Be Good Friends,


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  • Many superstar athletes are egotistical jerks who wouldn't give you the time of day if they saw you on the street. I think the problem with LeBron is that until this season, he didn't realize that he at least needed to fake being humble well enough for us to overlook that fact.

    He's not putting on the humble act again and trying to show contrition. Whether he's actually changed (unlikely) or at least better understands that he needs to cultivate his image better (likely) is unknown.

    The die hard fan was never going to like him anyway, because the diehard fan doesn't like superstars on someone else's team. Especially when they have to compete against that team.

    However, the casual fan will let it all go, because they aren't all that invested, and that's as much as LeBron really needs anyway.

  • In reply to DougThonus:

    Doug you're correct in your general assessment per usual. I will however note that I believe there are degrees of dislike w/regards to superstars on opposing teams. While I agree the diehard fan will generally dislike stars on other teams, that may be too easy a diagnosis with respect to James and company. Wade was a superstar pre decision, and he was generally liked at arenas across the NBA (as much as an opposing star player can be). Rose I think is similarly liked.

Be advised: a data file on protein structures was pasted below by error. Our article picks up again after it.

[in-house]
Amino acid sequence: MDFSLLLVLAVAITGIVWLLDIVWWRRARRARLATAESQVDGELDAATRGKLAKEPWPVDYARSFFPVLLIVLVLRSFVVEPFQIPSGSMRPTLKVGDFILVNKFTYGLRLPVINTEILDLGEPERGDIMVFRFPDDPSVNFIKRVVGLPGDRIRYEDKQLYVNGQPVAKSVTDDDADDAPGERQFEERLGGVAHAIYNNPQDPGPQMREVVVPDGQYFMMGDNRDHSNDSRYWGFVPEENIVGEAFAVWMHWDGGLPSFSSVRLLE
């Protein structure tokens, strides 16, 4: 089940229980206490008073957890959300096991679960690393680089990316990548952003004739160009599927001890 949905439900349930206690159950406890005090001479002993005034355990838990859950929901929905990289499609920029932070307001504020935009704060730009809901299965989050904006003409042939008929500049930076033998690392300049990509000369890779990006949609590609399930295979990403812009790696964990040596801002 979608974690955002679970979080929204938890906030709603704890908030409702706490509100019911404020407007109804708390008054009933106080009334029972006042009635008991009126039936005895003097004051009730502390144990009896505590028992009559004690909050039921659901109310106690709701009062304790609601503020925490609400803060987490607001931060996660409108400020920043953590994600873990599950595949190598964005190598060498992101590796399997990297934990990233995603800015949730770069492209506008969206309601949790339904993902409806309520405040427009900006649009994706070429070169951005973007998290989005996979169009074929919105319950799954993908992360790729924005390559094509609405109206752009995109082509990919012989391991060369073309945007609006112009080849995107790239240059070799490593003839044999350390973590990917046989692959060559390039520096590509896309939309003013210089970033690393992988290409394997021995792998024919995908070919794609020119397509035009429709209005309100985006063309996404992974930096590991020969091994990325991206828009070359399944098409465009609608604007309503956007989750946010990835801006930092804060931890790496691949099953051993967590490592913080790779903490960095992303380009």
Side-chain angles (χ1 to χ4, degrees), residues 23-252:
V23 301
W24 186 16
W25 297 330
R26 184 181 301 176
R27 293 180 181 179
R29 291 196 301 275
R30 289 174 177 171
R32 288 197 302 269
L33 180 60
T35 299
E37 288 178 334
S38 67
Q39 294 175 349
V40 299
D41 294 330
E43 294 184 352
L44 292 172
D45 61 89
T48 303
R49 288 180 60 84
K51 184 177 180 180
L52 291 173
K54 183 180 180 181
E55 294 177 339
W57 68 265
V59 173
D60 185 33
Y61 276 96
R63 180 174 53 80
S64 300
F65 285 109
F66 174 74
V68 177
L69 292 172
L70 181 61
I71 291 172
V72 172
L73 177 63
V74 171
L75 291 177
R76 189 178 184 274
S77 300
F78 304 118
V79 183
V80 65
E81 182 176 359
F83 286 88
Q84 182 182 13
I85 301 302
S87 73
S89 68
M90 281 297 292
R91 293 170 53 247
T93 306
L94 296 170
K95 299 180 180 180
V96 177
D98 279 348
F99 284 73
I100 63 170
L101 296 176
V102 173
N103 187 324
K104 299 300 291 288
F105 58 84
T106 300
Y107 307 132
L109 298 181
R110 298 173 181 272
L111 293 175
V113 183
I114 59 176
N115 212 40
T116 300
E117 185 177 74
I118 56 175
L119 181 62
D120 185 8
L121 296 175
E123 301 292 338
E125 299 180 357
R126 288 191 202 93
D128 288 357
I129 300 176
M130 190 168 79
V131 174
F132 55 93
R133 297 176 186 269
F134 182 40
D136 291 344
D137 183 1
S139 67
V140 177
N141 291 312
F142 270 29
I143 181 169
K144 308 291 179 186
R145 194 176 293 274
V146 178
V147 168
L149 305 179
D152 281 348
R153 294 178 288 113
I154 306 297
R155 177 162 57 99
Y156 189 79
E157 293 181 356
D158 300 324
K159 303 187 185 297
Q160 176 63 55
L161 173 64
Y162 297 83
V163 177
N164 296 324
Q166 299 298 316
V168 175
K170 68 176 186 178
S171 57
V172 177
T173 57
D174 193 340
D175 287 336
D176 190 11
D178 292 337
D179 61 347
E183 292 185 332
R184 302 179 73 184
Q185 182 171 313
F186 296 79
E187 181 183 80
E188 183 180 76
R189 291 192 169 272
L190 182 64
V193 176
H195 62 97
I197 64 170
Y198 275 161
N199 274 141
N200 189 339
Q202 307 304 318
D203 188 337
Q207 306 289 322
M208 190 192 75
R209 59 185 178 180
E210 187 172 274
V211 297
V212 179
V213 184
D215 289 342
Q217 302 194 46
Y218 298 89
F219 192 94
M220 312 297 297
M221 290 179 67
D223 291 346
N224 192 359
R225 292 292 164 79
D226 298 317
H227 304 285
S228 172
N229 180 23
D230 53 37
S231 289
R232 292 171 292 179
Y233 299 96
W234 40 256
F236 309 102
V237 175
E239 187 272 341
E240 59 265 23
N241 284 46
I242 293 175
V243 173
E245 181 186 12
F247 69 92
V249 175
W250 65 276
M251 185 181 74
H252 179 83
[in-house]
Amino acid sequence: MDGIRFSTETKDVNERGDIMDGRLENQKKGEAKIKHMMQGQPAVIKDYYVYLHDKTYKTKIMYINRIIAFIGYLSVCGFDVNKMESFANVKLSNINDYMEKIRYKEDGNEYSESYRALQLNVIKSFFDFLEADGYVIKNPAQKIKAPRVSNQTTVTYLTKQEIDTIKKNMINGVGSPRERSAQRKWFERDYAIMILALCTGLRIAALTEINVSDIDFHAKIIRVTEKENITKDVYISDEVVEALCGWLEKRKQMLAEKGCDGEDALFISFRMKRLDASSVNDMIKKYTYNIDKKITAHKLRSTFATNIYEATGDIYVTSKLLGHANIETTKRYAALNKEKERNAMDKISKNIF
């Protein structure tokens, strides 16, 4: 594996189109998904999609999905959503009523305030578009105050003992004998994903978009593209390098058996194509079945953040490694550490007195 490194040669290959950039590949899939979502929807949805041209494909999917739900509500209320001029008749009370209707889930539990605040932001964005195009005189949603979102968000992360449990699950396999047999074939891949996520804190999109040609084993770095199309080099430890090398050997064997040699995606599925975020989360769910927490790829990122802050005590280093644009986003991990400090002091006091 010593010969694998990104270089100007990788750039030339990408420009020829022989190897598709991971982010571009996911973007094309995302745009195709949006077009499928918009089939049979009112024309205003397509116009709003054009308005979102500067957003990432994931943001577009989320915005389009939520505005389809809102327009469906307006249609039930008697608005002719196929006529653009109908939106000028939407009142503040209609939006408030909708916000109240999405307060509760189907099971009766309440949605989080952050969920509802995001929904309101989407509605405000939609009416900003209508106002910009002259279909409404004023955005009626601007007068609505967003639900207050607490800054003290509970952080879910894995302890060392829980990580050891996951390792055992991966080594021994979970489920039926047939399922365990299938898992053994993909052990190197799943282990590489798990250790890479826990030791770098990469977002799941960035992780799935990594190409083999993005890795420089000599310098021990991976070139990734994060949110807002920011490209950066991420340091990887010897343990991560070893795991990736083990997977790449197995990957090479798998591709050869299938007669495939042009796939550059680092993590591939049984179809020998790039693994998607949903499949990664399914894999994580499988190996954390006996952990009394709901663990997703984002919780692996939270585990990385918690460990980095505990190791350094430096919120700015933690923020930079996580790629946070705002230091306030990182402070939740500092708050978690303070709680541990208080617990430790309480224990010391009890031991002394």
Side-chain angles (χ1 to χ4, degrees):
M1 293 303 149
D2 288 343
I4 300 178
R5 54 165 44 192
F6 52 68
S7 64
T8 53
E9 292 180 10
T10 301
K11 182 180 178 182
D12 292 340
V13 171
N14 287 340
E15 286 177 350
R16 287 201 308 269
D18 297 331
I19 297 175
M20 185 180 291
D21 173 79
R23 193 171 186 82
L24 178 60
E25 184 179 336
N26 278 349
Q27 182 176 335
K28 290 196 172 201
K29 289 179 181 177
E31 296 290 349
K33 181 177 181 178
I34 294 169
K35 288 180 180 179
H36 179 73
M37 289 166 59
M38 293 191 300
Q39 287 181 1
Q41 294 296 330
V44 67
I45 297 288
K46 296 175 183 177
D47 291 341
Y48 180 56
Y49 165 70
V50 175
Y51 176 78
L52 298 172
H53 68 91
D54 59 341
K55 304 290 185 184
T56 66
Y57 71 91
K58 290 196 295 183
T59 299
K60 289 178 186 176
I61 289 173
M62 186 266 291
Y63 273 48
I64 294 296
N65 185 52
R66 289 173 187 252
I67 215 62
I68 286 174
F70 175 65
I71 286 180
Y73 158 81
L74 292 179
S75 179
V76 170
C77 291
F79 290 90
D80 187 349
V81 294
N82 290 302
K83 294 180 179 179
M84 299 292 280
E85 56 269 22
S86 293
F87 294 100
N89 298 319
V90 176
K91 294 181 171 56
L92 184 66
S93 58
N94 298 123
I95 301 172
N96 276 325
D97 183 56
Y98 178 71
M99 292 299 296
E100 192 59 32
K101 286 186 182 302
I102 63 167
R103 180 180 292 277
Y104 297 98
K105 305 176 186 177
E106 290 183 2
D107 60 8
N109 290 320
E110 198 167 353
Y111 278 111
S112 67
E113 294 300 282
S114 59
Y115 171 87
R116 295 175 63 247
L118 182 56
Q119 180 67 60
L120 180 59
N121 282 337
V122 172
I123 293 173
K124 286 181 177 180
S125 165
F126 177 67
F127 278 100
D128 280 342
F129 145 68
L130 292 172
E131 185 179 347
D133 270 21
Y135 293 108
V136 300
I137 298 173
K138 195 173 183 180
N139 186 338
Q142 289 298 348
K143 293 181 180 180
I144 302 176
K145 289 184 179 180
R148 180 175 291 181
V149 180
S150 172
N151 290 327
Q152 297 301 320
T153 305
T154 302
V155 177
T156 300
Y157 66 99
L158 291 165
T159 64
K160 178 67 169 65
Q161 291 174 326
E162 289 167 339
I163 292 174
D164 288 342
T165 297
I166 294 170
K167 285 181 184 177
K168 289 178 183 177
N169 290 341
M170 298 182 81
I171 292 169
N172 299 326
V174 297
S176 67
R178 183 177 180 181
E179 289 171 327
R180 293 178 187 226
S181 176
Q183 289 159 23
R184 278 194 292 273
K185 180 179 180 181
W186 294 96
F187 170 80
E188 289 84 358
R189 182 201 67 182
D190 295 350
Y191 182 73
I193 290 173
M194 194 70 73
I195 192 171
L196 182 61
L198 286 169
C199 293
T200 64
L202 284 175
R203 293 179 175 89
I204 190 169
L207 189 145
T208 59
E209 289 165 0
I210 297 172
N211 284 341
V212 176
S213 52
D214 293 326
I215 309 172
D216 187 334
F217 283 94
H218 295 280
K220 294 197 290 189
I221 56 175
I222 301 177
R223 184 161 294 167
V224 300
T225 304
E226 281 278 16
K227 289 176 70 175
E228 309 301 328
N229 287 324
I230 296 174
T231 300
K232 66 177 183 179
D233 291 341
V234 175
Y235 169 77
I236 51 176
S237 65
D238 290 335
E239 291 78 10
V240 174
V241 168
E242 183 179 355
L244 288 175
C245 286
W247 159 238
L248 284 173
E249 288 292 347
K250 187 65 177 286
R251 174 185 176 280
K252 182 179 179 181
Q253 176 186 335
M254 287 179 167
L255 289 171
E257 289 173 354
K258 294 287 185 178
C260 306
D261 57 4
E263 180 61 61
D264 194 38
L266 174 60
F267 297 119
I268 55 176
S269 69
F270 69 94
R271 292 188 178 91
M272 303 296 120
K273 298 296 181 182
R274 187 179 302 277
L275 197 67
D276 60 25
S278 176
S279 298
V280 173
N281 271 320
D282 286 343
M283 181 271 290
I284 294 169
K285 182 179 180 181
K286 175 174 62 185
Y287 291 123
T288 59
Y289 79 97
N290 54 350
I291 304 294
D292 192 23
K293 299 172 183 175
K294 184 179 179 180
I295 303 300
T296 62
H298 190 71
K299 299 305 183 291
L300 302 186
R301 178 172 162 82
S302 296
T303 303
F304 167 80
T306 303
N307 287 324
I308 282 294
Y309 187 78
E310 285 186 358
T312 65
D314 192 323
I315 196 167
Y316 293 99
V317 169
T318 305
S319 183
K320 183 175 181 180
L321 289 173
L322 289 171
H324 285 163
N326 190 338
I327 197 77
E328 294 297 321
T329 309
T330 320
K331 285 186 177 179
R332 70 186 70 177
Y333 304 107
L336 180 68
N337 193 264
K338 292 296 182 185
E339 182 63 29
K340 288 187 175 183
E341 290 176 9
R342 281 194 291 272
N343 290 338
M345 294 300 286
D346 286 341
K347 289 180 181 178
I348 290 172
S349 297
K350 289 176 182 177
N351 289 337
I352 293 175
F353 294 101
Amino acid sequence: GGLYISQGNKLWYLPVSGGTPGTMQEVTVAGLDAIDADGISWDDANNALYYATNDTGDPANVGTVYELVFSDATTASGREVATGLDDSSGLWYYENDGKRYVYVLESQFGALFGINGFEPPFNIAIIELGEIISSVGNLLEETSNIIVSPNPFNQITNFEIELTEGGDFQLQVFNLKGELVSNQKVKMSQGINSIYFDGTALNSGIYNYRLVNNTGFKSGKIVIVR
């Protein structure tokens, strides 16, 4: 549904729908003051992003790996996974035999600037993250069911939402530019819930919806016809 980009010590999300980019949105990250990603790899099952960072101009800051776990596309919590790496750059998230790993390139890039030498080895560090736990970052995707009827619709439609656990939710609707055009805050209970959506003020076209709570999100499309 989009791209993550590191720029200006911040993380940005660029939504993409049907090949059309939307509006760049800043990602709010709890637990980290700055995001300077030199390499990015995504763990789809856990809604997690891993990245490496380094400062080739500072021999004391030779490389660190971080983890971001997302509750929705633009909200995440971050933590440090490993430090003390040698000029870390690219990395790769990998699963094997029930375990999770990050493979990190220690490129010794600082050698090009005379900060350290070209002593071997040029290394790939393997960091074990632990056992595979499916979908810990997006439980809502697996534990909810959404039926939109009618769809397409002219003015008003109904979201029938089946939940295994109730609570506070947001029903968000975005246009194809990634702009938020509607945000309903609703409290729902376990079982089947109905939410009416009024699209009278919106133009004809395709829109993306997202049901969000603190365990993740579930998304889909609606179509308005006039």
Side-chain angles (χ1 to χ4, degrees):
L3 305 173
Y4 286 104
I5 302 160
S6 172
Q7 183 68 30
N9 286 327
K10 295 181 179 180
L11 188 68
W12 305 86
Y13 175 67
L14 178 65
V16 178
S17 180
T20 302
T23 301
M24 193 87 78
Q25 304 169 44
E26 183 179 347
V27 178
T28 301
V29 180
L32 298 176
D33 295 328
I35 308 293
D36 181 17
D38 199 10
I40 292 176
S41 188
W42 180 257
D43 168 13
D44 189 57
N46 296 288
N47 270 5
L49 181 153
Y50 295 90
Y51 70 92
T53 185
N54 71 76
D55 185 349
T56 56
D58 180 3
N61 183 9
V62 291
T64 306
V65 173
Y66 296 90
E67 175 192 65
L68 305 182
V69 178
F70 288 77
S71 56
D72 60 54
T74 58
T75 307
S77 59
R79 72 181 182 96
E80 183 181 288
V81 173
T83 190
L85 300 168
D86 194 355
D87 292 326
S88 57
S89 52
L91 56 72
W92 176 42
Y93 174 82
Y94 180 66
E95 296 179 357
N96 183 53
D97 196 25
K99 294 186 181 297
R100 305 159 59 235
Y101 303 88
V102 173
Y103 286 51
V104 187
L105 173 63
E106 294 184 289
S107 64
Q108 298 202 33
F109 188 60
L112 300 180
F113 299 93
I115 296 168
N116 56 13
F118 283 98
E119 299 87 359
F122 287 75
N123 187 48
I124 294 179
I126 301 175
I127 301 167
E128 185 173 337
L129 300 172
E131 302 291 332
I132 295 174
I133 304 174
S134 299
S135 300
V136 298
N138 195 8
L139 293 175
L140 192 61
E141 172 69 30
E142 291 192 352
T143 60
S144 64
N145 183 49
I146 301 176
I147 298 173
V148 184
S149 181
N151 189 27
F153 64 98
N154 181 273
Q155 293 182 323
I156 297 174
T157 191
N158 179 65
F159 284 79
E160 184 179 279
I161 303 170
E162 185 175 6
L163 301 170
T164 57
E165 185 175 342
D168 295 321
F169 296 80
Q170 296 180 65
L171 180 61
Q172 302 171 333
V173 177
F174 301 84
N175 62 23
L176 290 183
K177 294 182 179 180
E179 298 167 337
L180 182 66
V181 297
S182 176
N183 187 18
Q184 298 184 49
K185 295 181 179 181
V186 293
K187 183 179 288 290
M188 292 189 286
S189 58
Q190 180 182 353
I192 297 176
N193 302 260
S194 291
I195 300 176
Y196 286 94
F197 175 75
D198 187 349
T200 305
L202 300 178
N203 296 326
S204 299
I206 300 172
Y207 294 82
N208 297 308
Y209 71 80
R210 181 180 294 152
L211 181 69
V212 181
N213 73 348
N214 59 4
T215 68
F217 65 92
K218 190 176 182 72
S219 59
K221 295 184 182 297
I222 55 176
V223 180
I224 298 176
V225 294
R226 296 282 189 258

Die hard fans saw a player, who had talent which was literally unparalleled, not have the insight and judgement to match that talent. Or maybe he simply didn't care? Either way, it was, and remains maddening to fans.

  • In reply to DougThonus:

    I've been waiting for this post from you since I knew it was coming eventually. It's only natural to develop some sort of hatred for an opposing team's star, especially over the course of a 7 game series (Jeff Foster). Hard fouls, overcelebrating, and of course a small skimirsh are more than enough to want a superstar to suffer some type of horrific tragedy- car accident, parachute failure, deadly disease (Jeff Foster). We hate James for alot a few reasons. One is the same reason most rooted for against the Lakers in the 2004 finals. Karl Malone and Gary Payton took what they thought would be an easy road to their first championship, but but the Detroit Pistons stood in their way with their emphasis on hard work, defense, and teamwork. If the Heat manage to win (they won't) it will give GMs a blueprint of how to buy a ring and not earn it. Maybe it's too late. Maybe free agent Chris Paul is already headed to New York to be with Amare Stoudermire and Carmello Anthony, and whoever else wants to take a paycut if it means a trip to the finals. I still hold out hope that it's not that easy. This series I'm rooting for hard work, teamwork, and loyalty. And for James to break both his legs.